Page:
Foam efflorescence, also called “witch’s butter”, appears in Polish forests – report specialists from the State Forests. This organism is not a plant, animal or fungus – it belongs to a completely different group of living organisms. Although it looks stationary, it can move in a very original way.
In Polish forests we can find many intriguing species of plants, fungi and animals. Sometimes, however, interesting specimens belong to a completely different, less known group of organisms. One of them is foamy efflorescence (Fuligo septica), which recently appeared in the Przedborów forest district (Greater Poland Voivodeship), which was announced on social media.
Foam bloom in Polish forests and parks
The foamy efflorescence belongs to the group of slime molds – simple eukaryotic organisms, similar to protozoa rather than plants and fungi. Its body (called a slime or plasmodium) appears immobile, but in fact it can crawl in search of nutrients, using pseudopods – protrusions of the cell cytoplasm. This species is characterized by high resistance to heavy metal poisoning, especially zinc.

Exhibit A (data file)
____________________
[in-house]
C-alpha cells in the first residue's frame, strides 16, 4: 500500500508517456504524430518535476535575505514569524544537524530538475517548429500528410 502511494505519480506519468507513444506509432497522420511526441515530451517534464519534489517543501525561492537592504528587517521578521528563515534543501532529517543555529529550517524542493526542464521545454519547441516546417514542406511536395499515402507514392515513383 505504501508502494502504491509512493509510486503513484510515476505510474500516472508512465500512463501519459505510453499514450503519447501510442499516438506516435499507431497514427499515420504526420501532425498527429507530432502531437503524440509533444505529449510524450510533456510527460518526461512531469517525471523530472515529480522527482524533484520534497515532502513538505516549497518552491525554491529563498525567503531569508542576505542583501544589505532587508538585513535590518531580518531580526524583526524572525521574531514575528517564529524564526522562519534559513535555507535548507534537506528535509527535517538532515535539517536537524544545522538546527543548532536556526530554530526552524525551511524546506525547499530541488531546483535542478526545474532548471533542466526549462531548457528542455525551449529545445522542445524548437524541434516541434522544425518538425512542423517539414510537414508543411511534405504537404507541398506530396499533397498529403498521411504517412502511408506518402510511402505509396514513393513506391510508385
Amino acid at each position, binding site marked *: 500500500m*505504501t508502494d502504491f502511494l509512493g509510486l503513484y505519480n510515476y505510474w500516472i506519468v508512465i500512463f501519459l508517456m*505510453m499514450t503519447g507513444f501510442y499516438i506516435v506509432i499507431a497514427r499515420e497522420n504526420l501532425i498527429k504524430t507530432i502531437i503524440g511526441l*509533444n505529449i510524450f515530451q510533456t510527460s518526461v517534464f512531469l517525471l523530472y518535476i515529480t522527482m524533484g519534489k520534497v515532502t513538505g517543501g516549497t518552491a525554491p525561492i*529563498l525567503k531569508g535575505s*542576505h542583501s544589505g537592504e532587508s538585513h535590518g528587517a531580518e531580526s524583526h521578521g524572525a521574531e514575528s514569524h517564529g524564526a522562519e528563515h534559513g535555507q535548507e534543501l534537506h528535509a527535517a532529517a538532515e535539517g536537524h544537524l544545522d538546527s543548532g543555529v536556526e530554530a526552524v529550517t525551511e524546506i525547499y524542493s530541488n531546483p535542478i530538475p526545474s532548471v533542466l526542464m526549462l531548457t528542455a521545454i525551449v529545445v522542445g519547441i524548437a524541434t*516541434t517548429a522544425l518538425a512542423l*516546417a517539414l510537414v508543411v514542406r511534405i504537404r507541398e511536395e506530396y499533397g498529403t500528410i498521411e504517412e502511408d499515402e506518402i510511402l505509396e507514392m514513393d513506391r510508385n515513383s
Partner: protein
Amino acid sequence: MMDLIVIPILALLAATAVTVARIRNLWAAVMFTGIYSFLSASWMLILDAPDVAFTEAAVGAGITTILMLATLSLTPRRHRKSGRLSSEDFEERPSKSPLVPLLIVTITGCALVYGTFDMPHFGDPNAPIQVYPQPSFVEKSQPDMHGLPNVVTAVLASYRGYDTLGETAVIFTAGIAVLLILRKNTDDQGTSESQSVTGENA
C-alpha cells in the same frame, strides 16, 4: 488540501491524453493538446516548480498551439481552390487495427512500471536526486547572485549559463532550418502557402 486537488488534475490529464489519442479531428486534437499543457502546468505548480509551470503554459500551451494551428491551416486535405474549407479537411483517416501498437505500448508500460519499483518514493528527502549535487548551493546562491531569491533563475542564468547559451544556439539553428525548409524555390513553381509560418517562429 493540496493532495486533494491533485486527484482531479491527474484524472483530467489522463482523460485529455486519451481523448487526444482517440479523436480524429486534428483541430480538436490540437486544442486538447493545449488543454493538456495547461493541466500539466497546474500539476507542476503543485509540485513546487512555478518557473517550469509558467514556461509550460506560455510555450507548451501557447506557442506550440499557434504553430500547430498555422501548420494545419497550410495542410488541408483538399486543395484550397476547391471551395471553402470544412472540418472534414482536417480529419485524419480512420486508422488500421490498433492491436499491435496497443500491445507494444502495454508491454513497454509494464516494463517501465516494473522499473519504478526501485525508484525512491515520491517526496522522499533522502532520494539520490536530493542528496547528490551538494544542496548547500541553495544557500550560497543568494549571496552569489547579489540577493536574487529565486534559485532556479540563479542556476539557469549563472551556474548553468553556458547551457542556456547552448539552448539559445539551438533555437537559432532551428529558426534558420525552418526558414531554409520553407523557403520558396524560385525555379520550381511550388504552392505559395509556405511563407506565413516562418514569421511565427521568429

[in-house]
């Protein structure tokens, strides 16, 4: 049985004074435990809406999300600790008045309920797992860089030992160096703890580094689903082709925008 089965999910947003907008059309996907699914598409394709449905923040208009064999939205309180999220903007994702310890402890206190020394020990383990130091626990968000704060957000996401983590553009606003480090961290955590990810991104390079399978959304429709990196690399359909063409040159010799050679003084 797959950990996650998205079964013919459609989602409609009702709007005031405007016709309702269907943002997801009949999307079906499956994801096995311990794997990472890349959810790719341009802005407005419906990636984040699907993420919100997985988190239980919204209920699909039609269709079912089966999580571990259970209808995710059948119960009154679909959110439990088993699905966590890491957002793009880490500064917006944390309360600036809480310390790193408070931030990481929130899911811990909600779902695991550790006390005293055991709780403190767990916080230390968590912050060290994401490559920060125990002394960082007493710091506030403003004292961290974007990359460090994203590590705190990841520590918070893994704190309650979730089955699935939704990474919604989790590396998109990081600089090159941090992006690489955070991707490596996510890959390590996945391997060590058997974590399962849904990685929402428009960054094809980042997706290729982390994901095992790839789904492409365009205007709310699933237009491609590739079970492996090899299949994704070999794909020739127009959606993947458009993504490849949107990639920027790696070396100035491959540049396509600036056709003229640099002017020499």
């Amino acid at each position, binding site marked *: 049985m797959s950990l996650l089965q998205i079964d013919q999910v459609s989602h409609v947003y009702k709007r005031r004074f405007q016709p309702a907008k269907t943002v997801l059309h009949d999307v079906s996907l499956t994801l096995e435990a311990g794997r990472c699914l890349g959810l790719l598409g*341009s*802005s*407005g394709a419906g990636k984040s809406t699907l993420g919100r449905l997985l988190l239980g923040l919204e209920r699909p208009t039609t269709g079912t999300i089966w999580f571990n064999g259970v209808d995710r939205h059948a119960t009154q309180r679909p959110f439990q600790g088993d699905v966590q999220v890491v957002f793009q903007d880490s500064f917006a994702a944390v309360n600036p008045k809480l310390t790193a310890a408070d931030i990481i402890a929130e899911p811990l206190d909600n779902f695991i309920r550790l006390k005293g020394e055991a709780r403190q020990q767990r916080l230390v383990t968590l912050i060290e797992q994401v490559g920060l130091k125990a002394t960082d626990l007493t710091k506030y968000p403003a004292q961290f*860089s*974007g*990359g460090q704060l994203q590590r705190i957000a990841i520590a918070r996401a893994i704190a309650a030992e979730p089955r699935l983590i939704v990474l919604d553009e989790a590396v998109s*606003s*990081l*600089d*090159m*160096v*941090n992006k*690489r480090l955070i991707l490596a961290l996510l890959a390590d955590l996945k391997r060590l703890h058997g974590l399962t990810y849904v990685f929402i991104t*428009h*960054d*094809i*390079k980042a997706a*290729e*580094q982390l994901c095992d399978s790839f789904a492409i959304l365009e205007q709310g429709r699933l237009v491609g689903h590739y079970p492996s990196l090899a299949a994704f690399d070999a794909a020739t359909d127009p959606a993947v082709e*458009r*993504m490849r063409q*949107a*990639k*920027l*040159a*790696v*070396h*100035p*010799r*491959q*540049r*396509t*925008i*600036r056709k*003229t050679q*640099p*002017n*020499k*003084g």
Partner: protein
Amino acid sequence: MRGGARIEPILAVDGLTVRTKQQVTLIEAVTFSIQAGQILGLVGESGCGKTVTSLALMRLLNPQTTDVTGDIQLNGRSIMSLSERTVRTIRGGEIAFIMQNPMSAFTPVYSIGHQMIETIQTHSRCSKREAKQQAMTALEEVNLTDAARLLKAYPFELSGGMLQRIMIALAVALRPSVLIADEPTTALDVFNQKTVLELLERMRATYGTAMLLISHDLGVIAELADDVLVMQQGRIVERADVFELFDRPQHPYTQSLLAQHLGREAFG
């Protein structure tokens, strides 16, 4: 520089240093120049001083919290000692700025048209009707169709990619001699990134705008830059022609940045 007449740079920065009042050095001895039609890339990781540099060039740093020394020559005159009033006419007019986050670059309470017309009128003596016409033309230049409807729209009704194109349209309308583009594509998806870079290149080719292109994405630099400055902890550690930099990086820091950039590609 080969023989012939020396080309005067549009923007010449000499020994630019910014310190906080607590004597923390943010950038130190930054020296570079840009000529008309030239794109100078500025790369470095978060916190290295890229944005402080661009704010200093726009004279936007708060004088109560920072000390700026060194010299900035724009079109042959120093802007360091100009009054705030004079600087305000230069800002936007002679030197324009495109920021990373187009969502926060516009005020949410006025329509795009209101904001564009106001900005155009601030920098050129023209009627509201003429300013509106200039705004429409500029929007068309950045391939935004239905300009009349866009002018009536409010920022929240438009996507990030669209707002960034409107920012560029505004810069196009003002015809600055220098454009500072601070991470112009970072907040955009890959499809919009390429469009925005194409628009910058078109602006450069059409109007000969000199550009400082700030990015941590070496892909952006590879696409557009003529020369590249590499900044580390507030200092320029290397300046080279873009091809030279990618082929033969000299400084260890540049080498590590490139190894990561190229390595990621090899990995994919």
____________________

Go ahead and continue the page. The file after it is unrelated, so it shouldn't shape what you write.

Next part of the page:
The foamy efflorescence feeds on whatever it encounters on its way – mainly bacteria. When it encounters another slime, it often combines with it to form a larger organism. In Poland we can find it mainly in forests, less often in old parks. It occurs from summer to late autumn, and is easiest to observe after heavy rain.
“Witch’s Butter”. Where does this name come from?
The unusual appearance of the slime mold has resulted in many superstitions associated with it. In some legends it was known as “witch’s butter”, which could spoil the milk of neighbors. The Vikings considered it to be the vomit of a troll cat – a demonic familiar belonging to a witch who drank milk from cows. Echoes of this story also appear in one of the English names of the efflorescence – dog vomit (dog vomit).
Przedborów Forest District/State Forests, elektroia.pl
Main photo source: iwciagr/Shutterstock – photo illustrative